1. God's TRUTH: His eternal, unchanging and triumphant Word!

How do we find it? Chuck Colson points to C. S. Lewis as our guide. "...what really makes [Lewis] so compelling," writes Colson, "is his ability to blend reason and imagination in his works. As he wrote, 'For me, reason is the natural organ of truth, and imagination is the organ of understanding.' He is right. The imagination sees what the mind might take only to be as abstract truth. So Christians and non-Christians alike can appreciate both Lewis’s endlessly creative imagination, and the way he grounded even his works of fantasy in absolute truth."[9]

But Colson as well as Lewis seems to define truth from a humanistic rather than a Biblical perspective. God's Word warns us repeatedly that neither the imagination nor man's reason or logic will lead us to His truth. "Lean not on your own understanding," He warns us in Proverbs 3:5-7. "Do not be wise in your own eyes." And the faithful (but despised) Old Testament prophet Jeremiah shows us the result of humanist thinking -- both then and now: "They obeyed not, nor inclined their ear, but walked every one in the imagination of their evil heart..." (Jeremiah 11:8)

Ted Baehr, founder of MovieGuide also agrees with C. S. Lewis. “The movie... is a great tool for the Church to help people understand the truth of the Gospel of Jesus Christ," he wrote.  Was he right? Or was he simply accepting today's culturally correct version of God's timeless and unchanging Word?

His conclusion: "Very, very few people will see the slight divergences that the movie takes from the novel."[10]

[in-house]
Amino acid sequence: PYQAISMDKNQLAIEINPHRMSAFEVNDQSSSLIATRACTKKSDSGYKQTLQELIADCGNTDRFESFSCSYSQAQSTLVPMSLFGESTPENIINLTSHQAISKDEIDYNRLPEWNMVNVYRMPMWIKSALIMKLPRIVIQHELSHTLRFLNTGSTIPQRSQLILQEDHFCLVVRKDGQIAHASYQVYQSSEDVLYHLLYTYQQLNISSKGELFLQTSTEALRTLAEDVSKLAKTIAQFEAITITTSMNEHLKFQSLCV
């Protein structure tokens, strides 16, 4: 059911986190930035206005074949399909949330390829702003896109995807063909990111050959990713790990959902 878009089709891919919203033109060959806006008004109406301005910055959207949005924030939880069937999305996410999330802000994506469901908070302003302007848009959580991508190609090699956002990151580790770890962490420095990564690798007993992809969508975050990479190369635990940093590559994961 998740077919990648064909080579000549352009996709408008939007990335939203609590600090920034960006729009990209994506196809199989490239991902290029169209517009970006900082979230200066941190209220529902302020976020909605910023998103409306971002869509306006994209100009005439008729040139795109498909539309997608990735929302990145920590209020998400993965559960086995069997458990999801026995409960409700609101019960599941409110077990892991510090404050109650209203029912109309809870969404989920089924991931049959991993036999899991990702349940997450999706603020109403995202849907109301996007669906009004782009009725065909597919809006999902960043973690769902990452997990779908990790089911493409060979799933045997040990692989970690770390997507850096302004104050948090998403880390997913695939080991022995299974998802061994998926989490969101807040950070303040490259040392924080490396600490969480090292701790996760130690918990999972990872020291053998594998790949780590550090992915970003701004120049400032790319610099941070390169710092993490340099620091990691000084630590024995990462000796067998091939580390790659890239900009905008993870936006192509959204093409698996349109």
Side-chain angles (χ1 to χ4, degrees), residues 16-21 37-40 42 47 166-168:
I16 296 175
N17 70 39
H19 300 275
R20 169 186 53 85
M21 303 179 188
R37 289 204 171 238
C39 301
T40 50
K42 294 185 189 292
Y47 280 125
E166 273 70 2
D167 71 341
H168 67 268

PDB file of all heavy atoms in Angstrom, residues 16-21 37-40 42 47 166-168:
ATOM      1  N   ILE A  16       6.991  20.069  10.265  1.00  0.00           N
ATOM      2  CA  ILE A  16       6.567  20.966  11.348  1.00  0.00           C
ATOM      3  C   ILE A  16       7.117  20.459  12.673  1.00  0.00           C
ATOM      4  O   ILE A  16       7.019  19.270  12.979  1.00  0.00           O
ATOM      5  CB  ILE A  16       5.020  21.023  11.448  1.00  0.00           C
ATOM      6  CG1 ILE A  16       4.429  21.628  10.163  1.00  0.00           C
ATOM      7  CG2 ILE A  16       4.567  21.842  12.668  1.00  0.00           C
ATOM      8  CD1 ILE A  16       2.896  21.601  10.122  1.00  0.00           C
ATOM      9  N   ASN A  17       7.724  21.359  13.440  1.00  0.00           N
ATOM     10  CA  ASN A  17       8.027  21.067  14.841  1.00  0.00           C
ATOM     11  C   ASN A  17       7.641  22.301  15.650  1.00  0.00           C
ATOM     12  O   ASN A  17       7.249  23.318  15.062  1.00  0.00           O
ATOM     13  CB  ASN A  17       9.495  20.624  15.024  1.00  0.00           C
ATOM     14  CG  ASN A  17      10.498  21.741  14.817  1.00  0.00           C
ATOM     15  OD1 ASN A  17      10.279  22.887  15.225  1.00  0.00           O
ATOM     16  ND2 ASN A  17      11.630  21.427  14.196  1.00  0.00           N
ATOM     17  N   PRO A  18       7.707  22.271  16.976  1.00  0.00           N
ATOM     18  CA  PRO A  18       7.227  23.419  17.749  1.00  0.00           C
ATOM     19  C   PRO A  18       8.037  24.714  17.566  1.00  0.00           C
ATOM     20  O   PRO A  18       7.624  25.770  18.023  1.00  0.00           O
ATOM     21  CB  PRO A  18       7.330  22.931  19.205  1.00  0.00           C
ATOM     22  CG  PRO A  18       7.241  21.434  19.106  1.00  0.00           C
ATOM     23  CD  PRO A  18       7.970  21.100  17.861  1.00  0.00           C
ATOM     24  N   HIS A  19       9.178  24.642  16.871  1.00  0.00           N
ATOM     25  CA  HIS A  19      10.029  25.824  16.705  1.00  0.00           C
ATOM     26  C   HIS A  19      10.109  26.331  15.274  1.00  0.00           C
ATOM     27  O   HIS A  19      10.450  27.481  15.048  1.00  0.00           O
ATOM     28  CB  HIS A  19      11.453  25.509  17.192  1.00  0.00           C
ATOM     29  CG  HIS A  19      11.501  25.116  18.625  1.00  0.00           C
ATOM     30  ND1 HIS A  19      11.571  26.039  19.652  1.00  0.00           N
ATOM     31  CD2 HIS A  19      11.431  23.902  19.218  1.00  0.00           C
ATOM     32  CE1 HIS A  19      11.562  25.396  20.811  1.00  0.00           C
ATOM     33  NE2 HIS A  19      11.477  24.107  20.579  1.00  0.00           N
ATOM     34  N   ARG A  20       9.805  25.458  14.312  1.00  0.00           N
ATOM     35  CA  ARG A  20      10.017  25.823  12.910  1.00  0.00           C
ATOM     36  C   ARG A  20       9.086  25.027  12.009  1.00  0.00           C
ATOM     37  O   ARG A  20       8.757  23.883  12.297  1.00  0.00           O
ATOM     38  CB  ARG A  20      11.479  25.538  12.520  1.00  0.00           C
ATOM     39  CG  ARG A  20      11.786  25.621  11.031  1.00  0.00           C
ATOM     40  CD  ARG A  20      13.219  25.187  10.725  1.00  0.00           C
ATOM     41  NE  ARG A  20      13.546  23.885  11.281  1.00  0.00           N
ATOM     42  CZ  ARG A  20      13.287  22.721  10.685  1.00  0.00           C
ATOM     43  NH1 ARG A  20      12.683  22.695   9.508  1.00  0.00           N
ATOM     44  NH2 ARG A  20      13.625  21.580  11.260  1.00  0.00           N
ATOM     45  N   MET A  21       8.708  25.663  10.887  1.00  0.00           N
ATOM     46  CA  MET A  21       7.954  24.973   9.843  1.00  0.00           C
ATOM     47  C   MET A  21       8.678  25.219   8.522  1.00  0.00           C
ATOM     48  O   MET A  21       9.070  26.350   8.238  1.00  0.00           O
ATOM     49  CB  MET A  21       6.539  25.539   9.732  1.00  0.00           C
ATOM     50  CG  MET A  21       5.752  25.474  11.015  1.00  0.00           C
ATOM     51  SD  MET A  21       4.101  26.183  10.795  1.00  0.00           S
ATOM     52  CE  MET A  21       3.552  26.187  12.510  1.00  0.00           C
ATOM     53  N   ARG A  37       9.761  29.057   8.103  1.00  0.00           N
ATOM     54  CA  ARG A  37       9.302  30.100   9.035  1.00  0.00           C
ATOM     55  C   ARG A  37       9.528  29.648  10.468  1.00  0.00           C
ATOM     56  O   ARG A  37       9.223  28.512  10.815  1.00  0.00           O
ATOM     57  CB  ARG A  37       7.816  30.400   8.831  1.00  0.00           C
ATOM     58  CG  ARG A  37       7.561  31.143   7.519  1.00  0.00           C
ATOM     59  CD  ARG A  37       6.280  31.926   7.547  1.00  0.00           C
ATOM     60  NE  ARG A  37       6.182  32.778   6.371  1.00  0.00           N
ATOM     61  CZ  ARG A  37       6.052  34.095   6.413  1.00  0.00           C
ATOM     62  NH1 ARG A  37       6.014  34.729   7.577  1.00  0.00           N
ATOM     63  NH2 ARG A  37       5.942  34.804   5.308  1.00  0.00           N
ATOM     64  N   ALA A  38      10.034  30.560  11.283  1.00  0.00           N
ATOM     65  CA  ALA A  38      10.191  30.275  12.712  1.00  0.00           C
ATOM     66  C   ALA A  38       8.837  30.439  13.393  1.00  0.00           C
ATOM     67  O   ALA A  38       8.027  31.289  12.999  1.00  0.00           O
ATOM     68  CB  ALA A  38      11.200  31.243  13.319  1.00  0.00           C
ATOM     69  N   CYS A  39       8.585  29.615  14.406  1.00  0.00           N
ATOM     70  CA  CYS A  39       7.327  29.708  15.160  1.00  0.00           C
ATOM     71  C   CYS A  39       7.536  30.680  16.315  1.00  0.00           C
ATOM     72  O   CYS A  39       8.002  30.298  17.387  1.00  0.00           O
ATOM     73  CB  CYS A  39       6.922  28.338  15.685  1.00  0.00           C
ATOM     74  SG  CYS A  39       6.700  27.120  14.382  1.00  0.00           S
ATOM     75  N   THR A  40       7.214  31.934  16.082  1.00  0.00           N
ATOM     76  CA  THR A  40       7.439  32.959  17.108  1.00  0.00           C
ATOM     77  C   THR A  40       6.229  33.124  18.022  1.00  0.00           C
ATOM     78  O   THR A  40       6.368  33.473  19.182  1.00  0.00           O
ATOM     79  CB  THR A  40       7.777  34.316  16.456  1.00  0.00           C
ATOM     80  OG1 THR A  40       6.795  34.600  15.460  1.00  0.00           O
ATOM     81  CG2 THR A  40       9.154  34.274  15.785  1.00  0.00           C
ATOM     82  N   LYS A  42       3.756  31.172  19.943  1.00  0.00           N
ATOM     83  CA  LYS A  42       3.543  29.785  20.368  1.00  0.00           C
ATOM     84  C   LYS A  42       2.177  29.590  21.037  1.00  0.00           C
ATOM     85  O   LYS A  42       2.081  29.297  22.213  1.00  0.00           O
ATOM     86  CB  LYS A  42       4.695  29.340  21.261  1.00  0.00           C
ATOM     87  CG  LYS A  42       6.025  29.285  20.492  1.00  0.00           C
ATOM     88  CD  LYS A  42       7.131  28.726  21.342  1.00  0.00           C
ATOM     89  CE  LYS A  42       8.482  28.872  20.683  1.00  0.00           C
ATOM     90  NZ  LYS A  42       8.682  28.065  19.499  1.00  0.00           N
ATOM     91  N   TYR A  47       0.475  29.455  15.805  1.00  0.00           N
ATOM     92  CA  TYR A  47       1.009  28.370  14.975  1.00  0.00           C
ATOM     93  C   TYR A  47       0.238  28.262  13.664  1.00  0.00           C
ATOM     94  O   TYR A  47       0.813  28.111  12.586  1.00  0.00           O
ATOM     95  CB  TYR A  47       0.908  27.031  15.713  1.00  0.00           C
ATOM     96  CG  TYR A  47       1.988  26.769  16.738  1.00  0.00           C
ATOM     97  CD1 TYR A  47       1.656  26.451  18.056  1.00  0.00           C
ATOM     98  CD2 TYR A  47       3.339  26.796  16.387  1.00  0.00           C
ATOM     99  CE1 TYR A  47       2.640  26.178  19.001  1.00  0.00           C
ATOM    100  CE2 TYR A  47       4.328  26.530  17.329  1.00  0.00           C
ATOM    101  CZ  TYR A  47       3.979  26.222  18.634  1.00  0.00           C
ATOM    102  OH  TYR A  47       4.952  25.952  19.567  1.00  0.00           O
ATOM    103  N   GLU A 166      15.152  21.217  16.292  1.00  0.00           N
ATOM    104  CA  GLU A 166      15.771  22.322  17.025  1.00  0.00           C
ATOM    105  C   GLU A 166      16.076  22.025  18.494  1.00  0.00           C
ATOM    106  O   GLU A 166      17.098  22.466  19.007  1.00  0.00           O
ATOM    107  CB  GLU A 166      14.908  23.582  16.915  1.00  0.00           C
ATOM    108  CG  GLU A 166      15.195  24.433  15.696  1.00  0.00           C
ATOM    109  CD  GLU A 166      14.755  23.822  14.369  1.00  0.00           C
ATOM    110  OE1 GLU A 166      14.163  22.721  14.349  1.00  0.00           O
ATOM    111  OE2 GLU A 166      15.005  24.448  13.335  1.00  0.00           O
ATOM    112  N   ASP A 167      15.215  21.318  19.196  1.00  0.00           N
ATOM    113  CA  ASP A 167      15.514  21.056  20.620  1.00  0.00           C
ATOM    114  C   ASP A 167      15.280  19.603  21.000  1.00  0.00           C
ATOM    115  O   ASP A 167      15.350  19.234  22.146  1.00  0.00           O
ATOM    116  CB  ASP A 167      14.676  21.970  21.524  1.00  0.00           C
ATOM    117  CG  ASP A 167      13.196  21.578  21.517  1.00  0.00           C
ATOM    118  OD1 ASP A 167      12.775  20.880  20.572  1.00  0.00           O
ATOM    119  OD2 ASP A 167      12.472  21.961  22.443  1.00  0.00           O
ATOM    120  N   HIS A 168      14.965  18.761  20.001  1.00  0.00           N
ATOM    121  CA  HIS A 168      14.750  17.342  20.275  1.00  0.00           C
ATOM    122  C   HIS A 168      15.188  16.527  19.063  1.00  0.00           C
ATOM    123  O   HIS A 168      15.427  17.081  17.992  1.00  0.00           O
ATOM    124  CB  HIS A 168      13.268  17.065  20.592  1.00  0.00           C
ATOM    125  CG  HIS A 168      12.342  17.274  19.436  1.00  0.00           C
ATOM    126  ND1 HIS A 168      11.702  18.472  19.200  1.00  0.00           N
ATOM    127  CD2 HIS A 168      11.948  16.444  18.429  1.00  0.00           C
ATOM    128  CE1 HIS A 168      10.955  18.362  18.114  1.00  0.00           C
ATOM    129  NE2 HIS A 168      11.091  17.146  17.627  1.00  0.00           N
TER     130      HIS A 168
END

The last statement may be true. Caught up in the thrilling high tech fantasy, few are likely to notice the changes in the script. But the first sentence should raise concern. How will this movie help people understand the truth of the Gospel?  What is actually true in this so-called "Christian allegory?"

Dr. Baehr gives a partial answer in the following summary. What gross distortions of the supposed "truth" do you see here?

"A prophecy says that four sons and daughters of Adam and Eve will come to Narnia and help Aslan... free Narnia from the White Witch. To thwart the prophecy, the White Witch has told everyone that, if they see a son or daughter of Adam and Eve, they should kidnap and bring them to her....

      “...the resurrection romp with Aslan, Lucy and Susan has also been eliminated, and the movie focuses more on the children being the solution to the evil in Narnia when, in fact, the victory is Aslan’s.... [The children] are heirs to the victory that Aslan wins on the stone table, and Jesus Christ won on the cross....

      “In fact, the movie is a very clear Christological allusion, or imagining, of the story of Jesus Christ. The minor changes do not take away from that meaning in the book...

     "Andrew Adamson ... understands the element of sacrifice and redemption, but his concern was for the empowering of the children. ...his love for the original source ultimately keeps the movie on target.”[10]

Since Adamson's focus was on "empowering... the children," it makes sense to give them (rather than Aslan) credit for the ultimate victory, doesn't it? It also helps explain Aslan's twisted message:

"The future of Narnia rests on your courage."[3]

While that statement should disturb those who love the Gospel, it matches Narnia's ancient prophecy very well. To us, the word "prophecy" implies God's omniscient (foreknowledge of future events) revelation of what lies ahead. Because we know Him and trust His Word, we take seriously the precious Old Testament prophecies concerning the coming Messiah. Everything God has told us will or has already come true! Jesus came and gave His life for us!  He will come again for His people!

But Narnia's prophecy promises no such Savior. In stark contrast, it promises that four humans will come and save the land. What a sham to call this deceptive story a picture of truth!